Nataraja is the form of Lord Shiva as the Lord who dances at the time of universal destruction. The dance of Shiva in Tillai, the traditional name for Chidambaram, forms the motif for all the depictions of Shiva as Nataraja. He is also known as “Sabesan” which splits as “Sabayil aadum eesan” in Tamil which means “The Lord who dances on the dais”. The form is present in most Shiva temples in South India, and is the prime deity in the famous Thillai Nataraja Temple at Chidambaram. The sculpture is usually made in bronze, with Shiva dancing in an aureole of flames, lifting his left leg (or in rare cases, the right leg) and balancing over a demon or dwarf (Apasmara) who symbolizes ignorance. It is a well known sculptural symbol in India and popularly used as a symbol of Indian culture.
The two most common forms of Shiva’s dance are the Lasya (the gentle form of dance), associated with the creation of the world, and the Tandava (the violent and dangerous dance), associated with the destruction of weary worldviews – weary perspectives and lifestyles. In essence, the Lasya and the Tandava are just two aspects of Shiva’s nature; for he destroys in order to create, tearing down to build again.
Characteristics of Lord Nataraja
A cobra uncoils from his lower right forearm, and the crescent moon and a skull are on his crest. He dances within an arch of flames. This dance is called the Dance of Bliss,(Tamil: ஆனந்த தாண்டவம்) aananda taandavam.
The upper right hand holds a small drum shaped like an hourglass that is called a ḍamaru in Sanskrit. A specific hand gesture (mudra) called ḍamaru-hasta (Sanskrit for “ḍamaru-hand”) is used to hold the drum. It symbolizes sound originating creation or the beat of the drum is the passage of time.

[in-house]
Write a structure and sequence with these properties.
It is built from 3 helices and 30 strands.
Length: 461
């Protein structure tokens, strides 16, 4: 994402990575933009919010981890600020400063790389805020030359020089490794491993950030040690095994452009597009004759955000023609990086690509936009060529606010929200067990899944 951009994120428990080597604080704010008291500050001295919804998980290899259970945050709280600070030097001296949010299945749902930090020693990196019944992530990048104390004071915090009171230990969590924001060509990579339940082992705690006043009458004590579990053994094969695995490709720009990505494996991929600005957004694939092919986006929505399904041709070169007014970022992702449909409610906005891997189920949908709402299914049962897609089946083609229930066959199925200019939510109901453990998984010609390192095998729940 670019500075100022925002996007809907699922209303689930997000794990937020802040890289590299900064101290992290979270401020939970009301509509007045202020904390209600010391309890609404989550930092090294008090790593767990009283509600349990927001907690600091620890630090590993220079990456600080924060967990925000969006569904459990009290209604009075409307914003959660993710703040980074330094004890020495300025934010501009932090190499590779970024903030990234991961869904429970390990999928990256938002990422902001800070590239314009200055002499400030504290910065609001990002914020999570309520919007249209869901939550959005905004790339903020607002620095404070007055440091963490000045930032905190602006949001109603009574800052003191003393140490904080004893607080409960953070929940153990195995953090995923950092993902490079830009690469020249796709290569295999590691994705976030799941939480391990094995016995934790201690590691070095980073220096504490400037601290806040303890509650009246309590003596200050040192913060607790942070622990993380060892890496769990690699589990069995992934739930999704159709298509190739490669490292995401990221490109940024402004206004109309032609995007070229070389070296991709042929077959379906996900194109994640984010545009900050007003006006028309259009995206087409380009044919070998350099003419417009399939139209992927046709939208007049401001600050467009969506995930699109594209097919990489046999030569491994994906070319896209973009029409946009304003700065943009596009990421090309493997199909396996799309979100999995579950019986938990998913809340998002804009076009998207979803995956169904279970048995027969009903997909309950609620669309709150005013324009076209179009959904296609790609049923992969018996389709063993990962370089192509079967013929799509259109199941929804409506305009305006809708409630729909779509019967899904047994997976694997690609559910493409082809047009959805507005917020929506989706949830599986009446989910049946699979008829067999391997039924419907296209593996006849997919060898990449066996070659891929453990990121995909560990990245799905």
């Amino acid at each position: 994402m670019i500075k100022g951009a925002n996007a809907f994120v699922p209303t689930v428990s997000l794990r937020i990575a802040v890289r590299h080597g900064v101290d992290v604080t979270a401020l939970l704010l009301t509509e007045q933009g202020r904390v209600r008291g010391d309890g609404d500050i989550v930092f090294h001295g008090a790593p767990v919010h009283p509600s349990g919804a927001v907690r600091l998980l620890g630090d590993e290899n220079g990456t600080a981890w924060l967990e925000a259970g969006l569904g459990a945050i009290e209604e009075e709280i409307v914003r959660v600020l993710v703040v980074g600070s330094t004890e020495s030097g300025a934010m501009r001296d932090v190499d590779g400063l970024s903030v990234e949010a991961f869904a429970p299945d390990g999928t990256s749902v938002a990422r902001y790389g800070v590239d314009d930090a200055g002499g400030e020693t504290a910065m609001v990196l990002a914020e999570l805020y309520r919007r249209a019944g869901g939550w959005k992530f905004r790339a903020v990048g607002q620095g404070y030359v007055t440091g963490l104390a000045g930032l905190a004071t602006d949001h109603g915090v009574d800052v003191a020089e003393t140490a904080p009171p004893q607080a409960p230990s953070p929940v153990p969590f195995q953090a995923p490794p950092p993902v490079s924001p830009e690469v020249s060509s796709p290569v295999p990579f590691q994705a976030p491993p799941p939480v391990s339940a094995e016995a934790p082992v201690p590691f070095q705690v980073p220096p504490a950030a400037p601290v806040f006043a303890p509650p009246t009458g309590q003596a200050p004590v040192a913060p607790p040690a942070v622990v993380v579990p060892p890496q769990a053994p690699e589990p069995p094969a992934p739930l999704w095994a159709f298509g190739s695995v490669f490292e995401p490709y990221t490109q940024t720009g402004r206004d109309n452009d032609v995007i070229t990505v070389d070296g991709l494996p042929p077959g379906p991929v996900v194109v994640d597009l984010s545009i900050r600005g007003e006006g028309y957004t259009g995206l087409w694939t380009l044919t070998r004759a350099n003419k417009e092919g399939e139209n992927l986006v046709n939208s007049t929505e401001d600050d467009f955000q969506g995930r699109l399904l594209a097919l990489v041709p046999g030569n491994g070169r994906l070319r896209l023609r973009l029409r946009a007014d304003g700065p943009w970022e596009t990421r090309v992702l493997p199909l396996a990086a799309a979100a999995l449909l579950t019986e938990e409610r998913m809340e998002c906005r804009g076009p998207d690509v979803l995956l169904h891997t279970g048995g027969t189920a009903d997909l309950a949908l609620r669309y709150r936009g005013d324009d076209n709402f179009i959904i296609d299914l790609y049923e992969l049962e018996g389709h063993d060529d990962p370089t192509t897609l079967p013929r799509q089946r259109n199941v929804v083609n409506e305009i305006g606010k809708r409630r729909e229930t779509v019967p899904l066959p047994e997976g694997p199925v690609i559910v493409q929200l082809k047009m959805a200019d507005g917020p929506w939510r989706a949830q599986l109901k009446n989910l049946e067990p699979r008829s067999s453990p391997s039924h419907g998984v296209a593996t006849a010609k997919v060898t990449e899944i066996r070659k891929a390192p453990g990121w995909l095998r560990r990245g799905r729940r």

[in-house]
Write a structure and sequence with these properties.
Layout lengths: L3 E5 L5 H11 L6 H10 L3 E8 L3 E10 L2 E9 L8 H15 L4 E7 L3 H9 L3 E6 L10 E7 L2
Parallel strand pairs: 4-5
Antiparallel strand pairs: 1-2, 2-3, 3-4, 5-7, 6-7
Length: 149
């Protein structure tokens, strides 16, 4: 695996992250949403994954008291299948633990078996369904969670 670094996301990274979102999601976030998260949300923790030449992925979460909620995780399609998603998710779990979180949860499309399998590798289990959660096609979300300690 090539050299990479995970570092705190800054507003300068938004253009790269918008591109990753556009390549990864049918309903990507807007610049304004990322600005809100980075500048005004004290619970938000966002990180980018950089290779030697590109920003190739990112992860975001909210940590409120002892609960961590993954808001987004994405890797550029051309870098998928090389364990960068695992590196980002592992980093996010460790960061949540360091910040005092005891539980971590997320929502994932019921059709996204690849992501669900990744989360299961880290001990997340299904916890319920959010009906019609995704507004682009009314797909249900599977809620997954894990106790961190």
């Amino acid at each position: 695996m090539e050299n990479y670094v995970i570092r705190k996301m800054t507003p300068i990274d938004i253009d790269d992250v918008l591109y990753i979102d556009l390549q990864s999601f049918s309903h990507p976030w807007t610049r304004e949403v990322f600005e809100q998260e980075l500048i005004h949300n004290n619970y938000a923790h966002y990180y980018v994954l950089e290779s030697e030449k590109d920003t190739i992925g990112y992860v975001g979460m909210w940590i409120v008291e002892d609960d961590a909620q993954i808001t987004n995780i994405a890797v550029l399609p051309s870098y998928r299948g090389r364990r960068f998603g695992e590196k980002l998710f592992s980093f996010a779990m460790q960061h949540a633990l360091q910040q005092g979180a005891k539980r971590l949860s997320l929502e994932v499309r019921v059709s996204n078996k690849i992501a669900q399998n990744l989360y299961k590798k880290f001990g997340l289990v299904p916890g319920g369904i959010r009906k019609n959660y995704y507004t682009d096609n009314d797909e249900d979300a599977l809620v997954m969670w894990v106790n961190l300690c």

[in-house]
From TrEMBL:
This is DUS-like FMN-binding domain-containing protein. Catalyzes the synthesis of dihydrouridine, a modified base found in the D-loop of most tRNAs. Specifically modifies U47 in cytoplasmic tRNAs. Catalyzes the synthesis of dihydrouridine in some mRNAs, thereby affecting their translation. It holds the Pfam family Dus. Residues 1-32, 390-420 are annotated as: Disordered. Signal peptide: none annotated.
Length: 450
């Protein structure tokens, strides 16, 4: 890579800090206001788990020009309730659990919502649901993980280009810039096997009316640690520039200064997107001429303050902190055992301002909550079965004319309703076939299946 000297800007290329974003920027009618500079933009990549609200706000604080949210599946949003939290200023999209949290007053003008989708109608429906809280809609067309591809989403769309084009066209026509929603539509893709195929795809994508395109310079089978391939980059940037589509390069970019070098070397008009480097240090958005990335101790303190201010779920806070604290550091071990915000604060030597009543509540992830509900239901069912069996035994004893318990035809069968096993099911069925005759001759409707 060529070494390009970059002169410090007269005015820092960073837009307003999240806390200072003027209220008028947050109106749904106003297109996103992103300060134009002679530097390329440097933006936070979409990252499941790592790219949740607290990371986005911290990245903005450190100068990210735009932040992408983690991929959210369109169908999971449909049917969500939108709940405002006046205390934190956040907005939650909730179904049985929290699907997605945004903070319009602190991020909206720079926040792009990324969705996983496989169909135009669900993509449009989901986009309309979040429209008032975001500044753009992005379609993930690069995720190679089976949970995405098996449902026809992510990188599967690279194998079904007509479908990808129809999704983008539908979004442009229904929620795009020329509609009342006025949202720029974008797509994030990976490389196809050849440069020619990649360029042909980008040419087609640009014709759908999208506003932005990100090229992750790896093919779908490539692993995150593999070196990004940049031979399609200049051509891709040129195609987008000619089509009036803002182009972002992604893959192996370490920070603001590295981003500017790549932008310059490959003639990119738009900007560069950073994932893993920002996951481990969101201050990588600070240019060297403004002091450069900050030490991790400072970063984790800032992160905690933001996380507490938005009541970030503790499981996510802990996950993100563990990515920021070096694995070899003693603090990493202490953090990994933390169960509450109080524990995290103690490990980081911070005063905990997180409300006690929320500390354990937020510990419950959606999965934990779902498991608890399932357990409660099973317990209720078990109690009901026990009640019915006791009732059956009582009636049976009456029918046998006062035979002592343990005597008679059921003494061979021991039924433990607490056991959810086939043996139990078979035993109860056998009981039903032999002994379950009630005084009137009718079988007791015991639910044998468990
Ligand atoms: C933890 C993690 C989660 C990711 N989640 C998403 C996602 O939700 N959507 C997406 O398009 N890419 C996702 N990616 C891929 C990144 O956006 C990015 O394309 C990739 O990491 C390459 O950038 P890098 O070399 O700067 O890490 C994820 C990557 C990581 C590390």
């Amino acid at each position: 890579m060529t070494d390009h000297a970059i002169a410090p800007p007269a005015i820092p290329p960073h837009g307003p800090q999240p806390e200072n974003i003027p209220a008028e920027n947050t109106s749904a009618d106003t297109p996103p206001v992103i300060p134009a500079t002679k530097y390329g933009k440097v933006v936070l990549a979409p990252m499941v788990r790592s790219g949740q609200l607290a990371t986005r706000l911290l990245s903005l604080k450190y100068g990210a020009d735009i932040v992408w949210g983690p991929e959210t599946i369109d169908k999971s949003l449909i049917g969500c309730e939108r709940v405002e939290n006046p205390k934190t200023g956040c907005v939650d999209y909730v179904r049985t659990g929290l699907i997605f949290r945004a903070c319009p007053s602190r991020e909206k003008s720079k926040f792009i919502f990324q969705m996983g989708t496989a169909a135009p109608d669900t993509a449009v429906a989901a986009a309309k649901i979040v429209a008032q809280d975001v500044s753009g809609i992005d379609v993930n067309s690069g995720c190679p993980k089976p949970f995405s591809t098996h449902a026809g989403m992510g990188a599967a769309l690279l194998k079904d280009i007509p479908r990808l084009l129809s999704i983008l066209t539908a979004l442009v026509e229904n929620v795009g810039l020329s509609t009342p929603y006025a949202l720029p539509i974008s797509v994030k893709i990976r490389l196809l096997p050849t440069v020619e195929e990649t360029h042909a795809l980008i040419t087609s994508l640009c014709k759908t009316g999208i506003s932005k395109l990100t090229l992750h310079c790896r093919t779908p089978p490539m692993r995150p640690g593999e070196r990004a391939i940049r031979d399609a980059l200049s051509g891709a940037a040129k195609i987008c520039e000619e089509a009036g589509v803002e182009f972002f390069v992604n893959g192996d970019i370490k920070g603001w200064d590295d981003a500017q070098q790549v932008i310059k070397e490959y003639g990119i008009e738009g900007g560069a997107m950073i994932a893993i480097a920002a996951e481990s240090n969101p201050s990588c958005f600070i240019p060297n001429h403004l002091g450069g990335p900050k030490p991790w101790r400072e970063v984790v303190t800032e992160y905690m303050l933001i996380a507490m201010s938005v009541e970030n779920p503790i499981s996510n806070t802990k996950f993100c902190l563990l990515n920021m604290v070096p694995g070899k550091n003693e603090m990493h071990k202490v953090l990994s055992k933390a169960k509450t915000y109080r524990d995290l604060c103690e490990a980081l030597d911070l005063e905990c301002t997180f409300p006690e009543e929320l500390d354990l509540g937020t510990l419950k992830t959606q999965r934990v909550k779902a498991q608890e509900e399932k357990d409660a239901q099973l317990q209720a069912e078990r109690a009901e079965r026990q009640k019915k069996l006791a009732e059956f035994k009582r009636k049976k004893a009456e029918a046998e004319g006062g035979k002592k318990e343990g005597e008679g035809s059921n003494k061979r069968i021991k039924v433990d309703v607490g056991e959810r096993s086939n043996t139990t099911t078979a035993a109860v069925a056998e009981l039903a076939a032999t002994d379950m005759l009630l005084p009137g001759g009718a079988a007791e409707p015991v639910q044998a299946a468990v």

The upper left hand contains Agni or fire, which signifies destruction. The opposing concepts in the upper hands show the counterpoise of creation and destruction or the fire of life.
The second right hand shows the Abhaya mudra (meaning fearlessness in Sanskrit), bestowing protection from both evil and ignorance to those who follow the righteousness of dharma.
The second left hand points towards the raised foot which signifies upliftment and liberation. It also points to the left foot with the sign of the elephant which leads the way through the jungle of ignorance.
The dwarf on which Nataraja dances is the demon Apasmara (Muyalaka, as known in Tamil), which symbolises Shiva’s victory over ignorance. It also represents the passage of spirit from the divine into material.
As the Lord of Dance, Nataraja, Shiva performs the tandava, the dance in which the universe is created, maintained, and dissolved. Shiva’s long, matted tresses, usually piled up in a knot, loosen during the dance and crash into the heavenly bodies, knocking them off course or destroying them utterly.
The surrounding flames represent the manifest Universe.
The snake swirling around his waist is kundalini, the Shakti or divine force thought to reside within everything. This also parallels the cords of life worn by the Brahmins to represent the second rebirth.
The stoic face of Shiva represents his neutrality, thus being in balance.